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Karlin Hasidism (Cont'd)

F. R. Aharon the Second (1826 - 1872)

R. Asher's successor was his son, R. Aharon [Perlov] the Second (so called to distinguish him from his grandfather, R. Aharon the Great), who was born, according to a family tradition, on the New Moon of Sivan, 1802. [140] R. Aharon was the recognized leader of the Karlin hasidim for nearly fifty years. The information that we possess about his life and time comes partly from Hasidic sources and partly from the circles of mithnagdim and maskilim. A gifted organizer, R. Aharon applied himself to strengthening the bonds between himself and his followers. To this end, he used to pay them frequent visits in their towns and welcome them most warmly in his 'court' in Karlin. He also had a striking natural simplicity and sense of humor, and regularly made jokes in the Russian vernacular even while teaching his hasidim at his 'table'. He mixed freely with people of all kinds, and his confident and imposing presence was admired even in non-hasidic circles.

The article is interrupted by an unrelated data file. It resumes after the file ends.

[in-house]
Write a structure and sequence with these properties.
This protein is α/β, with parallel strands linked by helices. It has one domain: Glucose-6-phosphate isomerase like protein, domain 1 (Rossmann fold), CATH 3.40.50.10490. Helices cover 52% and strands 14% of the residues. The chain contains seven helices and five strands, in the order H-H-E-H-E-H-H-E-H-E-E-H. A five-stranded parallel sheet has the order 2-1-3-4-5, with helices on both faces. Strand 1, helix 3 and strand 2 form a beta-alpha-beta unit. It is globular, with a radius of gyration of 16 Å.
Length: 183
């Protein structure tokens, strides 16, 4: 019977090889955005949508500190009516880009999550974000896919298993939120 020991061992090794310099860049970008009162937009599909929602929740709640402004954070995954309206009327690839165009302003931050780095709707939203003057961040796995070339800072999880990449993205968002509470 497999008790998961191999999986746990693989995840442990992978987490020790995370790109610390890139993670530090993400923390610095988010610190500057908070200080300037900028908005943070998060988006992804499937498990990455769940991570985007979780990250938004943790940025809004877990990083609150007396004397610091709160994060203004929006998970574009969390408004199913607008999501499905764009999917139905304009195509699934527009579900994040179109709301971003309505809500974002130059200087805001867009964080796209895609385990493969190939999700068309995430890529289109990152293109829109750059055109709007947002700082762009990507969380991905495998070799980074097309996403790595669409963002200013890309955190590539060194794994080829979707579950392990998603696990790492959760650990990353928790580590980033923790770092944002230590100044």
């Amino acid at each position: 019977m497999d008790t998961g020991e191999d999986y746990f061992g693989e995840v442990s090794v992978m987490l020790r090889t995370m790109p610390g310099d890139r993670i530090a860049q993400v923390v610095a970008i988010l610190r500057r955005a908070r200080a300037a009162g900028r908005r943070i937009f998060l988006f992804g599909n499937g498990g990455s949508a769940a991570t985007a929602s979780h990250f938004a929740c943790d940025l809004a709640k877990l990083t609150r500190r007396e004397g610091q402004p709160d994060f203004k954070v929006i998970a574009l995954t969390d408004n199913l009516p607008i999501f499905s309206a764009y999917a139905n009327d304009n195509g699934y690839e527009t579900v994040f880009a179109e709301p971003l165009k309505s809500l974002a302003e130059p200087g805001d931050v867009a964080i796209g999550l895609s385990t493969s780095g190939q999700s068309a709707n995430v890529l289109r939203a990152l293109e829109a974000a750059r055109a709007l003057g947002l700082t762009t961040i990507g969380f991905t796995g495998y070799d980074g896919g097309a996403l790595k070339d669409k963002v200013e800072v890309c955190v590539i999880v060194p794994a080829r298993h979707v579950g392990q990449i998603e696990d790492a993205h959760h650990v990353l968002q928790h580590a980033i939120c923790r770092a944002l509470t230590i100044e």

R. Aharon the Second's spiritual legacy, which is included in the volume Beth Aharon, comprises the following works: 'Daily Conduct and Exhortations'; a large, almost complete, collection of expositions of the Portions of the Law for Sabbaths and Festivals; 'Selected Sayings' in his name; letters written by R. Aharon to his followers on the eves of Festivals, especially on the eve of Passover; letters to his son, R. Asher; and 'Inspirational Sermons' to his followers, in Yiddish. [141]